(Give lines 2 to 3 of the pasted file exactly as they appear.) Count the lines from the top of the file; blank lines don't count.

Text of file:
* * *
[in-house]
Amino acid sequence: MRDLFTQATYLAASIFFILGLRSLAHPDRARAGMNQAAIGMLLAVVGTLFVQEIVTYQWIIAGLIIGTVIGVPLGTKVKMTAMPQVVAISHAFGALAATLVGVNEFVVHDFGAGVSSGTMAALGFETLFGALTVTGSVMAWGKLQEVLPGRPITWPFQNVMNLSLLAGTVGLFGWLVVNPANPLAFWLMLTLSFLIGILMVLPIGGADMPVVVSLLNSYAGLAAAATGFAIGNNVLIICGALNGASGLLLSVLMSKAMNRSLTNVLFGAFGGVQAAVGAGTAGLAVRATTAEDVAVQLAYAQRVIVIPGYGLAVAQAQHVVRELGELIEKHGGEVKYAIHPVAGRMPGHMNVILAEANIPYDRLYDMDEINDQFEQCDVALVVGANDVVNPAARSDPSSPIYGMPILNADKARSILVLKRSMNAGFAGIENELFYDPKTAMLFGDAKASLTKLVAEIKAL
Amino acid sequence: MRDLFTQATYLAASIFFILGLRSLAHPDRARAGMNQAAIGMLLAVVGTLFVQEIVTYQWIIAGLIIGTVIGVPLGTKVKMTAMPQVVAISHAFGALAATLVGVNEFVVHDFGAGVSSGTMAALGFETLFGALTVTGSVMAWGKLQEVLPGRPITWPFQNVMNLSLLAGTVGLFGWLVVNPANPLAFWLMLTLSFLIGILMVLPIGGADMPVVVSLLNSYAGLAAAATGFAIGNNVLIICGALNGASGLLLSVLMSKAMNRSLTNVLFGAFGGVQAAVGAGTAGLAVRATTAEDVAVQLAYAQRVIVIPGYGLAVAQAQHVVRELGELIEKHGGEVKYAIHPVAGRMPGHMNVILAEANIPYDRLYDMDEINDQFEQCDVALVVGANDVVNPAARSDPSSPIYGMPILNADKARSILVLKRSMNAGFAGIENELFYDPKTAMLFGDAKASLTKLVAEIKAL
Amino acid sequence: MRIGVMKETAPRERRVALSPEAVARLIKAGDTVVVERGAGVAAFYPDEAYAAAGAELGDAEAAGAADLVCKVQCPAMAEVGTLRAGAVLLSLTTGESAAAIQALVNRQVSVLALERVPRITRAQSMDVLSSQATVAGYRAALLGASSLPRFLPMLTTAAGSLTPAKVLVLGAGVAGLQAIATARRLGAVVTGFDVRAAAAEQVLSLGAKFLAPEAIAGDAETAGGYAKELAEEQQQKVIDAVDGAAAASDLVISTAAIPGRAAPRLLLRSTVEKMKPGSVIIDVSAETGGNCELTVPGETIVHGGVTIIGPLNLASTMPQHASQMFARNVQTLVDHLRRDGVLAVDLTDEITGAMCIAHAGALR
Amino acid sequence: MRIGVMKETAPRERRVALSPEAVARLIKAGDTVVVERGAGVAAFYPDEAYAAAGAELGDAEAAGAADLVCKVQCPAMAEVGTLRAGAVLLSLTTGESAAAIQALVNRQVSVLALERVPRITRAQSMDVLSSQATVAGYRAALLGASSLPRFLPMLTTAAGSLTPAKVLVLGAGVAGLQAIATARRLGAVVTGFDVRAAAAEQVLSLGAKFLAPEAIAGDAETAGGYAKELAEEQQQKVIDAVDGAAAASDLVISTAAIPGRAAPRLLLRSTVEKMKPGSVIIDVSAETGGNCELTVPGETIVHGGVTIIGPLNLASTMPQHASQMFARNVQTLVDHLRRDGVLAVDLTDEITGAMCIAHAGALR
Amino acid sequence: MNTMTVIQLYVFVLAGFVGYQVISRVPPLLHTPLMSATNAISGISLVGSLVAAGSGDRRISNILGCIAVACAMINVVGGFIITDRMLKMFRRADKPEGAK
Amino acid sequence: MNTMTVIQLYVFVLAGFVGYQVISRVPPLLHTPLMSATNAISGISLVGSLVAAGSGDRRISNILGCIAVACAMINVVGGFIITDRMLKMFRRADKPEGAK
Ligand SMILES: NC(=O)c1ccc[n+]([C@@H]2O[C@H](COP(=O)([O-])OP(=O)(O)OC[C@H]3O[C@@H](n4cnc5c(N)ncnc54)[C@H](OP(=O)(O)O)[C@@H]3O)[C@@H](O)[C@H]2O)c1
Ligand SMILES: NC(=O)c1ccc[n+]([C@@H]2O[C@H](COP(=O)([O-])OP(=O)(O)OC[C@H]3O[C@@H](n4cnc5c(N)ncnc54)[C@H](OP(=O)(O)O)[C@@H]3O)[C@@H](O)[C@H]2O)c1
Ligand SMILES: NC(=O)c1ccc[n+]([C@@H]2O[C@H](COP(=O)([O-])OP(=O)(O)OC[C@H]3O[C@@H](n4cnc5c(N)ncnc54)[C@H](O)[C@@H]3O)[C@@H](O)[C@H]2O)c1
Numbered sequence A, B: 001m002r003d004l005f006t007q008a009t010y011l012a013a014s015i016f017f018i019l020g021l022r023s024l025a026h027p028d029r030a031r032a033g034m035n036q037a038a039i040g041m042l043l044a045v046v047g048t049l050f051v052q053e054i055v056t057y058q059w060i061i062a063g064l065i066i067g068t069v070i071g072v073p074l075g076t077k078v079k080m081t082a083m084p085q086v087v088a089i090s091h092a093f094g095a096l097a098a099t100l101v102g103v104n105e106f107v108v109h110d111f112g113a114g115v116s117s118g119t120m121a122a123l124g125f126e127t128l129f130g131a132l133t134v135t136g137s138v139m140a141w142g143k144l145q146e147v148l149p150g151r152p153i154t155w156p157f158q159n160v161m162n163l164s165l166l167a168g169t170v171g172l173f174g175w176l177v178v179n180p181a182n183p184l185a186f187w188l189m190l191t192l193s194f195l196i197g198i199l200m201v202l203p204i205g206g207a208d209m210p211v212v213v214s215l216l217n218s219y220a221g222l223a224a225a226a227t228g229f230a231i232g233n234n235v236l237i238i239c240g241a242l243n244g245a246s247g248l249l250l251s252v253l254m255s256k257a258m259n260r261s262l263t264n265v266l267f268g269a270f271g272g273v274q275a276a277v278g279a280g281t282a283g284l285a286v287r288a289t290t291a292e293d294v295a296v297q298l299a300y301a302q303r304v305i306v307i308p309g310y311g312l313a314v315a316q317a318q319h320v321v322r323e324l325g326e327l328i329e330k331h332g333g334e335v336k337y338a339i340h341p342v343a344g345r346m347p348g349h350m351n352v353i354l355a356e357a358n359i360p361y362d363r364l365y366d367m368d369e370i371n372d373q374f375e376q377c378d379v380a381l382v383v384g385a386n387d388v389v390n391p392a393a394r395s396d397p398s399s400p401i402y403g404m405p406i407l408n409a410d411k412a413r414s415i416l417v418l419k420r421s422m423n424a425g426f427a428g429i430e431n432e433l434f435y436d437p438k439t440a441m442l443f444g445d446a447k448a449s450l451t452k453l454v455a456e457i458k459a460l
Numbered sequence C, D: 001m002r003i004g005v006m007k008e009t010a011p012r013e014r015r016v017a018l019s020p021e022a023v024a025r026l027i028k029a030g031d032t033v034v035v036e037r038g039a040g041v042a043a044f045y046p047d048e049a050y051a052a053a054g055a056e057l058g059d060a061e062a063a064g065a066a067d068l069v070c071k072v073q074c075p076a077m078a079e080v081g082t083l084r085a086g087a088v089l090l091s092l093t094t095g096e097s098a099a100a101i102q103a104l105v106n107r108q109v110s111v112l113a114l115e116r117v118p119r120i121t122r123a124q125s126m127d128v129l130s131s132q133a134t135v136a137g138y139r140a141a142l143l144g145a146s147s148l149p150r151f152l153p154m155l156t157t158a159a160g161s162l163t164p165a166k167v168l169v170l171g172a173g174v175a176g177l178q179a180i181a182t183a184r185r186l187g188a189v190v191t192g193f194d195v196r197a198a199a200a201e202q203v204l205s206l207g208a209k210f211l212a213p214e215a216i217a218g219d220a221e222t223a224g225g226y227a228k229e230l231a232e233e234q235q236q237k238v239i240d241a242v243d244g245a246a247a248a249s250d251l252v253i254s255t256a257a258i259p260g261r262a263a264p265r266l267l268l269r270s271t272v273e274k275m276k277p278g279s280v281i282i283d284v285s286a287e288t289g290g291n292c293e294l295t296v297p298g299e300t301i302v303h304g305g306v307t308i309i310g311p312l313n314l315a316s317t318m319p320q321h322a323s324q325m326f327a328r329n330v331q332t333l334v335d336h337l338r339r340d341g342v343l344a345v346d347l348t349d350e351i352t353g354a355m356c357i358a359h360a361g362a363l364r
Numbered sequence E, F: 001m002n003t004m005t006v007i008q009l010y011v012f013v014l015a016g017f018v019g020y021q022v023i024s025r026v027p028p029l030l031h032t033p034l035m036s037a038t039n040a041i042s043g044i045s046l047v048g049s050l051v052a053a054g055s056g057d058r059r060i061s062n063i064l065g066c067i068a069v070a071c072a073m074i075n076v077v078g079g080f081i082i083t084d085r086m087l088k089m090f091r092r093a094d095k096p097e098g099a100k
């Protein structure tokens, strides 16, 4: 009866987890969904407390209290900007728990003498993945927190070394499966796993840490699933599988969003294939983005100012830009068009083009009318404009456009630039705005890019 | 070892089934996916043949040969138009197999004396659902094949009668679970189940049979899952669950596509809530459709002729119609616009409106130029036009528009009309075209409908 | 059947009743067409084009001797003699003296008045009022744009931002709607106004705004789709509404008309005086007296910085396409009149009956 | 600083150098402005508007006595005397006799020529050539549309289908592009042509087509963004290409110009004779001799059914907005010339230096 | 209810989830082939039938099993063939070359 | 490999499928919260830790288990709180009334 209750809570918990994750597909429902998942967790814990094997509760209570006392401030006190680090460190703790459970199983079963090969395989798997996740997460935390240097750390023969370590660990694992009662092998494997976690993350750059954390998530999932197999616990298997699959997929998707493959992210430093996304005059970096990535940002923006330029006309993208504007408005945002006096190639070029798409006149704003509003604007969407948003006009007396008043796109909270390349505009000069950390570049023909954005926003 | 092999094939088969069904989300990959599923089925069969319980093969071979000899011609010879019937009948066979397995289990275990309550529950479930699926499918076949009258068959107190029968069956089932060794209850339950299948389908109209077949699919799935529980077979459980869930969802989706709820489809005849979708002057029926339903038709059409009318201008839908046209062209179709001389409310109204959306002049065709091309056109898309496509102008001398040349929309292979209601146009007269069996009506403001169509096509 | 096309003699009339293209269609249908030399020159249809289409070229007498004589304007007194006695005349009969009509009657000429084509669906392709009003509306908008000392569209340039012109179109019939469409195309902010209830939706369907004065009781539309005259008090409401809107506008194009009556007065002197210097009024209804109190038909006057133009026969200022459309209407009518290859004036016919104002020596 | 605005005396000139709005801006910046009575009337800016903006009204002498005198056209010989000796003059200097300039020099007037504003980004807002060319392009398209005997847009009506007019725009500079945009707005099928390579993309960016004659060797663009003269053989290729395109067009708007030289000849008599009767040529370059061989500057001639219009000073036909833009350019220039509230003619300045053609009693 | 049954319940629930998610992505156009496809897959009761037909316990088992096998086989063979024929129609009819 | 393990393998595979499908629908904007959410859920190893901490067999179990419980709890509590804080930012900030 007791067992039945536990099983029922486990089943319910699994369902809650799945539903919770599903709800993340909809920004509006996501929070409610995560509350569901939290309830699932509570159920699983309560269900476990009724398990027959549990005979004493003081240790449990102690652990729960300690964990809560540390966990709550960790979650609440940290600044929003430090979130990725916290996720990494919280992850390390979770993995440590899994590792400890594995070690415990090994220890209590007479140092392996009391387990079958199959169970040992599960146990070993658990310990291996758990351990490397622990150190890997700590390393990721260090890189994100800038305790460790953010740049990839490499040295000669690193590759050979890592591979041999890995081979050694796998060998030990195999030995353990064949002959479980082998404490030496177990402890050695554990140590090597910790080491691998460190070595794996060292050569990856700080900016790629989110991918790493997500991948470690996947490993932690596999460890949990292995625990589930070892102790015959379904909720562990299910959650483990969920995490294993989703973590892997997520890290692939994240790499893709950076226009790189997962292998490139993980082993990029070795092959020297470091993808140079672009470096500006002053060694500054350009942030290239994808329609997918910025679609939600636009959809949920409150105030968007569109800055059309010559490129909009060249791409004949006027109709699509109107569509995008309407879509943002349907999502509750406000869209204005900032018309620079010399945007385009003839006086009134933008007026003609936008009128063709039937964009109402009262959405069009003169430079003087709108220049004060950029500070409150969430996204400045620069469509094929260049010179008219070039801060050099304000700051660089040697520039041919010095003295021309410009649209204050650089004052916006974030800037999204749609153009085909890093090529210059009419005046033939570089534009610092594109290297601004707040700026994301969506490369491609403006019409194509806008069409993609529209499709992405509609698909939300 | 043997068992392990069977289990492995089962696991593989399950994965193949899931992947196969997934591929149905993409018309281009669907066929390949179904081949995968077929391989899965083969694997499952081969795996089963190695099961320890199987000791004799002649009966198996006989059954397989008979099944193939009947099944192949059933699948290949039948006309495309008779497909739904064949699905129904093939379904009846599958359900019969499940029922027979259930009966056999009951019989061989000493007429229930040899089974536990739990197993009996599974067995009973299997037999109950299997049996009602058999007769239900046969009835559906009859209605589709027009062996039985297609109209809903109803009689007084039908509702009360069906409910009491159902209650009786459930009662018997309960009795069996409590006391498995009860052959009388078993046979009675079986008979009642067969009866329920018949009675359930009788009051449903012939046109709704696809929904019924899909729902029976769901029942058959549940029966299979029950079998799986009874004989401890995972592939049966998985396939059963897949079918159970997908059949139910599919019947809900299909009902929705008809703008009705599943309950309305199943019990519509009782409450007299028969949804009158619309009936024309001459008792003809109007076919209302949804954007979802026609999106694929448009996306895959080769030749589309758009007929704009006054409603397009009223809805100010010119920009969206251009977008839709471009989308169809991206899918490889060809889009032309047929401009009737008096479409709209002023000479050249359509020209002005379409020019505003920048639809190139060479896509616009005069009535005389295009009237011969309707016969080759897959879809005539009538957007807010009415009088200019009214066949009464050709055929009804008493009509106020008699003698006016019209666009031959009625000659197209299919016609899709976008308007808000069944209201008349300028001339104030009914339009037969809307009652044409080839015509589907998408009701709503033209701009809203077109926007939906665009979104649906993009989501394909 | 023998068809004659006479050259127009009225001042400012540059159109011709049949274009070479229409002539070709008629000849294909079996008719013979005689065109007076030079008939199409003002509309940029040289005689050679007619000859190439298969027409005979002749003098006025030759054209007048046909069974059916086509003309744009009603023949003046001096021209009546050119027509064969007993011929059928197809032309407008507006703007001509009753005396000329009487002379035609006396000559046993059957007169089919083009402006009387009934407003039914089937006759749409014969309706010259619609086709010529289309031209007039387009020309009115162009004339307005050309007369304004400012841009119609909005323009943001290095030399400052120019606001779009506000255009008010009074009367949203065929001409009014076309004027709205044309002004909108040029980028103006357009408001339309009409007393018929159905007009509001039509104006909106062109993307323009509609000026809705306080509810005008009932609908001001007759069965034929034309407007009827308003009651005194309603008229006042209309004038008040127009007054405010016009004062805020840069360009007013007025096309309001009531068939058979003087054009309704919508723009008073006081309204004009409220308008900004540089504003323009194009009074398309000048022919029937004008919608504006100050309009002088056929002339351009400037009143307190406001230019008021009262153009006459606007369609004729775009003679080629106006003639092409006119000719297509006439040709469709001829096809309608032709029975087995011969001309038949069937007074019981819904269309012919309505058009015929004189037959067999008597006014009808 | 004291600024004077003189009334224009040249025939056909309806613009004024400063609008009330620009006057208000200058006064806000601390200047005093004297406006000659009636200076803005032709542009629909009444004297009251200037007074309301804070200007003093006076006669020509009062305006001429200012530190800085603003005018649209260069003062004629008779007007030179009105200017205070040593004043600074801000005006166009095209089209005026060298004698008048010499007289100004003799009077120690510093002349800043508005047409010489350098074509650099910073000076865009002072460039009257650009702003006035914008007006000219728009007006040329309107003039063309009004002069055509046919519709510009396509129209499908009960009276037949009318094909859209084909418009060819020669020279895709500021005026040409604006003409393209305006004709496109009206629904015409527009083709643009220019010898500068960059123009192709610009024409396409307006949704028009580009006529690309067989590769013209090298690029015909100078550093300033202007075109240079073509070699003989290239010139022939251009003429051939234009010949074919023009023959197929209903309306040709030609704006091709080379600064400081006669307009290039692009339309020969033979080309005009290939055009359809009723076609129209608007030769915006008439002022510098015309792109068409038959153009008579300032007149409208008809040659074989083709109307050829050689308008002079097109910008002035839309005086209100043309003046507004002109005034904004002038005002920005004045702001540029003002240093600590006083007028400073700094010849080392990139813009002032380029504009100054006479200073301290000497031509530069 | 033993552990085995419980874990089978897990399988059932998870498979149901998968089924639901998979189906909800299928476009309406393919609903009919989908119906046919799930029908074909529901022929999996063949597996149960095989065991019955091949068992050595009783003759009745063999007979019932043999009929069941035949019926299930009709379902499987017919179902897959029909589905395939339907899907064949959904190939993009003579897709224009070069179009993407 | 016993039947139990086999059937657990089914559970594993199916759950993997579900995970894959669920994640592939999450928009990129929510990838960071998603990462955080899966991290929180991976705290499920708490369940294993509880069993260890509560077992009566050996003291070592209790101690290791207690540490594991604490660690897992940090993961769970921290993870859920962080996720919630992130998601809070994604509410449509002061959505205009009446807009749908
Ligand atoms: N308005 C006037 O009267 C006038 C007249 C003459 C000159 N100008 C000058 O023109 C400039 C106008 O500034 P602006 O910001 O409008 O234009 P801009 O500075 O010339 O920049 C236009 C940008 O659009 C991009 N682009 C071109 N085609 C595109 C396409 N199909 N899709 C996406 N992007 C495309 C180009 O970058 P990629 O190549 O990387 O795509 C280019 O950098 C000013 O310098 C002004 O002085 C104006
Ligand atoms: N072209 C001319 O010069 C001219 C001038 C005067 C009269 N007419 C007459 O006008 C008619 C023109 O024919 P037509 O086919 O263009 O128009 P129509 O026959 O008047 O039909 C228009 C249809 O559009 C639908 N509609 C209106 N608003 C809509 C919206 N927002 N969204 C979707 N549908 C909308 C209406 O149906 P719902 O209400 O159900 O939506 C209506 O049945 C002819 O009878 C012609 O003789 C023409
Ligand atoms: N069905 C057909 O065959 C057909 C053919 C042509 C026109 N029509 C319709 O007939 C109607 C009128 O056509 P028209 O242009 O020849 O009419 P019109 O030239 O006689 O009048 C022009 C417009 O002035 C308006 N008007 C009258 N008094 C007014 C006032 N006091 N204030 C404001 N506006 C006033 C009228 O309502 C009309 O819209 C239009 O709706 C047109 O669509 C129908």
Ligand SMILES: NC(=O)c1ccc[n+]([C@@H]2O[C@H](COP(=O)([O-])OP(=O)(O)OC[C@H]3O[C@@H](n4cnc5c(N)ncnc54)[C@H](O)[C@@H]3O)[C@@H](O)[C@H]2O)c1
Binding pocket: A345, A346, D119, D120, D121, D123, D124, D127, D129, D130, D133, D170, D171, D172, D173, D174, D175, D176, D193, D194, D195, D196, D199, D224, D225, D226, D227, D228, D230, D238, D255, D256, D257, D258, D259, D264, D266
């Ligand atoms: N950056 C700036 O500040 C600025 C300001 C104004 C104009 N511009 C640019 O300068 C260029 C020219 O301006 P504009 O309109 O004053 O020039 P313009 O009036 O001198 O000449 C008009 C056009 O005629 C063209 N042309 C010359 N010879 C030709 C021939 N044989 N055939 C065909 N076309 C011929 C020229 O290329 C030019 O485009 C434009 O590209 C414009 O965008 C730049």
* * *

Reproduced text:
Amino acid sequence: MRDLFTQATYLAASIFFILGLRSLAHPDRARAGMNQAAIGMLLAVVGTLFVQEIVTYQWIIAGLIIGTVIGVPLGTKVKMTAMPQVVAISHAFGALAATLVGVNEFVVHDFGAGVSSGTMAALGFETLFGALTVTGSVMAWGKLQEVLPGRPITWPFQNVMNLSLLAGTVGLFGWLVVNPANPLAFWLMLTLSFLIGILMVLPIGGADMPVVVSLLNSYAGLAAAATGFAIGNNVLIICGALNGASGLLLSVLMSKAMNRSLTNVLFGAFGGVQAAVGAGTAGLAVRATTAEDVAVQLAYAQRVIVIPGYGLAVAQAQHVVRELGELIEKHGGEVKYAIHPVAGRMPGHMNVILAEANIPYDRLYDMDEINDQFEQCDVALVVGANDVVNPAARSDPSSPIYGMPILNADKARSILVLKRSMNAGFAGIENELFYDPKTAMLFGDAKASLTKLVAEIKAL
Amino acid sequence: MRDLFTQATYLAASIFFILGLRSLAHPDRARAGMNQAAIGMLLAVVGTLFVQEIVTYQWIIAGLIIGTVIGVPLGTKVKMTAMPQVVAISHAFGALAATLVGVNEFVVHDFGAGVSSGTMAALGFETLFGALTVTGSVMAWGKLQEVLPGRPITWPFQNVMNLSLLAGTVGLFGWLVVNPANPLAFWLMLTLSFLIGILMVLPIGGADMPVVVSLLNSYAGLAAAATGFAIGNNVLIICGALNGASGLLLSVLMSKAMNRSLTNVLFGAFGGVQAAVGAGTAGLAVRATTAEDVAVQLAYAQRVIVIPGYGLAVAQAQHVVRELGELIEKHGGEVKYAIHPVAGRMPGHMNVILAEANIPYDRLYDMDEINDQFEQCDVALVVGANDVVNPAARSDPSSPIYGMPILNADKARSILVLKRSMNAGFAGIENELFYDPKTAMLFGDAKASLTKLVAEIKAL